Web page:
Sep 13, 2010

PAL labor issues scaring investors away — official

The numerous labor issues hounding the Lucio Tan-led Philippine Airlines (PAL) have scared away potential investors from bailing out the cash-strapped flag carrier.

According to Jaime J. Bautista, PAL president and chief operating officer, potential investors have asked the airline to resolve its several labor issues before discussions about infusing fresh funds into the airline can resume.

“Investors’ appetite has decreased due to the company’s labor problems," Bautista told reporters at the sidelines of the company’s stockholders’ meeting on Thursday.

He said the company has not been in contact with its potential investors for the past few months.

PAL on Thursday approved the restructuring of its equity by reducing the par value of its shares to 20 centavos from 80 centavos, which will make it easier for outside investors to get a bigger voting block in PAL.

Potential investors in PAL were reported to be Middle Eastern groups and companies in the Asia Pacific region that are also involved in airline operations.

“We want new money to come in because if [PAL chairman Lucio Tan] simply sells his shares, then the money will go to him and not to the company," Bautista said.

PAL has been in search of investors since last year, after suffering over $300 million in losses due to high oil prices and low demand.

“There are investors that want to be passive but we are also willing to get investors that wish to have a more active role," Bautista said.

Among PAL’s many labor issues is the opposition to the company’s plans to outsource non-core services like in-flight catering, airport services and call centers, retrenching over 2,600 workers in the process.

PAL’s flight attendants are also protesting a policy that requires them to retire at the age of 40. All other PAL employees are allowed to work until they are 65.

Bautista said these labor issues have also affected bookings, with many passengers growing weary of a potential labor strike.

Bautista denied that the company approached the groups of San Miguel Corp. president Ramon S. Ang and Philippine Long Distance Telephone Co. chairman Manuel V. Pangilinan, inviting them to invest in PAL.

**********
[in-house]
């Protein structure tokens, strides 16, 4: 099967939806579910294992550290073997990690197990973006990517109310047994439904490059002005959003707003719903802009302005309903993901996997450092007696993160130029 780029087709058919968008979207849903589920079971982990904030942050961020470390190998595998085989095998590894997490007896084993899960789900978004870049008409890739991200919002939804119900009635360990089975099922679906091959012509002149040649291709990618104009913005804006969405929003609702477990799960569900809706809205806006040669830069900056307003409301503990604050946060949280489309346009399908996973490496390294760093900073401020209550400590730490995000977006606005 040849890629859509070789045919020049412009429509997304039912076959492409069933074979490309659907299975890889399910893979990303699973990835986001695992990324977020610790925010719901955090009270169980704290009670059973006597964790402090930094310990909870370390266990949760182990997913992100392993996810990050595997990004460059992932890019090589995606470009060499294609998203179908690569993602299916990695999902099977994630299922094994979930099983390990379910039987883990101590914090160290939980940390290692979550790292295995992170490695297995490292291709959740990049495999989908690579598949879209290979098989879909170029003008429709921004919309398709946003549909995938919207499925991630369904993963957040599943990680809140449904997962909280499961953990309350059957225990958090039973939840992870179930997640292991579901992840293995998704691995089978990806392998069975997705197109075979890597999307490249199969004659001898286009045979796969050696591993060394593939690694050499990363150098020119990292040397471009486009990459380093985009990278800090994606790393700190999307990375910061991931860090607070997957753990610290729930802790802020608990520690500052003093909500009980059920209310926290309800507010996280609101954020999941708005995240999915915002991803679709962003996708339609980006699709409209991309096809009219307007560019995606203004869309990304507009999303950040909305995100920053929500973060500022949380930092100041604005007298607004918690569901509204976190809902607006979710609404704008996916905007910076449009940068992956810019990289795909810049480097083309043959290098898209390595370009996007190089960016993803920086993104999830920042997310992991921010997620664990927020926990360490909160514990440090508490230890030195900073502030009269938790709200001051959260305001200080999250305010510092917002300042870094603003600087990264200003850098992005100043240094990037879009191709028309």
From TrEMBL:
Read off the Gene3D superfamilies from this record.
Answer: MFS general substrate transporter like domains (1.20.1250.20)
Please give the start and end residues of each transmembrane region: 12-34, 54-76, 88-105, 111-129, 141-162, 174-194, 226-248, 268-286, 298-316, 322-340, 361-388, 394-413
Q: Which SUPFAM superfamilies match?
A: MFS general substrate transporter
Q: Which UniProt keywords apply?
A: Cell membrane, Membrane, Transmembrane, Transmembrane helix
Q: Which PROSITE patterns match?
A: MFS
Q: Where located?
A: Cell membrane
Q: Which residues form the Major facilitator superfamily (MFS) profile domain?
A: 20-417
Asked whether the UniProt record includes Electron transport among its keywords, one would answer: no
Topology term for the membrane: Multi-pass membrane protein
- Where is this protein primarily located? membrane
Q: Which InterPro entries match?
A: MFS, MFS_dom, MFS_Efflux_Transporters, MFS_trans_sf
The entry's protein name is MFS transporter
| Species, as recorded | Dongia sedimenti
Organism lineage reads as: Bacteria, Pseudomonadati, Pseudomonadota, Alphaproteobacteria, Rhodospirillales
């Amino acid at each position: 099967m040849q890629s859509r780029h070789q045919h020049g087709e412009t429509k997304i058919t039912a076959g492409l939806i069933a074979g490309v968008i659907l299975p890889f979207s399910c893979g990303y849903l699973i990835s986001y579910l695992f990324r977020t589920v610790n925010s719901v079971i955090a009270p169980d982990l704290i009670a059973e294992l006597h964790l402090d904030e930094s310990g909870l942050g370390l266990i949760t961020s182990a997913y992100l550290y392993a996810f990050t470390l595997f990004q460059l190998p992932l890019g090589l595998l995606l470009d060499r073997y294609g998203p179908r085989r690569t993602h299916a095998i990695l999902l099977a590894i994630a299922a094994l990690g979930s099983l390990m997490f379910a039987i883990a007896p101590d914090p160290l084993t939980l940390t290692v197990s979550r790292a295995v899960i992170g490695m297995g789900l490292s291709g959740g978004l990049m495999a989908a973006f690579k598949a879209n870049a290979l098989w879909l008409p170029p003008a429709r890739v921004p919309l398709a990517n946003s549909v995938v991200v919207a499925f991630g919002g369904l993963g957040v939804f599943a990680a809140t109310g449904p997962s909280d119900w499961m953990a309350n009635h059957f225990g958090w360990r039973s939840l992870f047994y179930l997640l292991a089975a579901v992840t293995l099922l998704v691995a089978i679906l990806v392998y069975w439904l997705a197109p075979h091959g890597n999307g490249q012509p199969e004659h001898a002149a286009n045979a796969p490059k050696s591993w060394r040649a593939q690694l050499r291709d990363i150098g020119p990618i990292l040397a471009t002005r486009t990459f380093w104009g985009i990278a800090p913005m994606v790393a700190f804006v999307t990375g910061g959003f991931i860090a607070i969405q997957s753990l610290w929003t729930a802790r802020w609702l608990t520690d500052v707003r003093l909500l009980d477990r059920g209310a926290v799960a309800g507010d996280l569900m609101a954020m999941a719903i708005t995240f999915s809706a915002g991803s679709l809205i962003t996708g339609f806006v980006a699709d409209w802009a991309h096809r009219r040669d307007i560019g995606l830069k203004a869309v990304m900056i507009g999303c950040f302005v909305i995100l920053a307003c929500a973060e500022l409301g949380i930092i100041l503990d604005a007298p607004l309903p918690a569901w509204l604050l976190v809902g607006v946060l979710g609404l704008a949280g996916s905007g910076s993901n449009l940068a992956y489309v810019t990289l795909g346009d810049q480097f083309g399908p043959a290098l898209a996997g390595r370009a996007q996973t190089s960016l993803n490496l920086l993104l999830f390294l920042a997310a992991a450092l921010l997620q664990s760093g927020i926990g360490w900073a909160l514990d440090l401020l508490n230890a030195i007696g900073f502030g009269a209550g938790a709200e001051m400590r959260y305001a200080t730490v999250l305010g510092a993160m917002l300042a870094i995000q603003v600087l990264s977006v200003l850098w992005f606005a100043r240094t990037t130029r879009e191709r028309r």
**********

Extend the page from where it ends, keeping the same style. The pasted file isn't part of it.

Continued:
Flights to India

PAL is increasing its flights to India by the first quarter of next year, as it confronts challenges from is labor force and the country's tourism sector.

By March of next year, the airline will mount three direct flights a week to India's main airport in New Delhi, said PAL president Jaime Bautista on Thursday.

"There are a lot of Indian nationals here in the Philippines," he told reporters.

Bautista said PAL will use its wide-body Airbus A330 aircraft for its flight to India, making PAL the only local carrier that serves routes to the sub-continent.

He said international carriers once found it hard to compete against Middle Eastern airlines, which get their fuel at a discount, allowing them to offer cheaper fare rates.

PAL introduced new flights to Brisbane, Australia earlier this year. It already flies to Sydney and Melbourne.

Also, the airline has introduced new flights to Riyadh, Saudi Arabia, making PAL the only local company that serves Middle Eastern routes.

"Another opportunity for us is to get the market of Indian nationals that want to go the North America," Bautista said, adding that it may opt to increase its flights to seven days a week if the demand is enough.

PAL earlier wanted to expand its flights to the US. But because of the country's poor regulatory environment, the Federal Aviation Administration has banned Philippine carriers from expanding there.

Passengers, said Bautista, can stopover in the Philippines and take connecting flights to Los Angeles, San Francisco and Las Vegas in the US or to Vancouver in Canada. —With Paul de Leon/JE/KBK/VS, GMANews.TV

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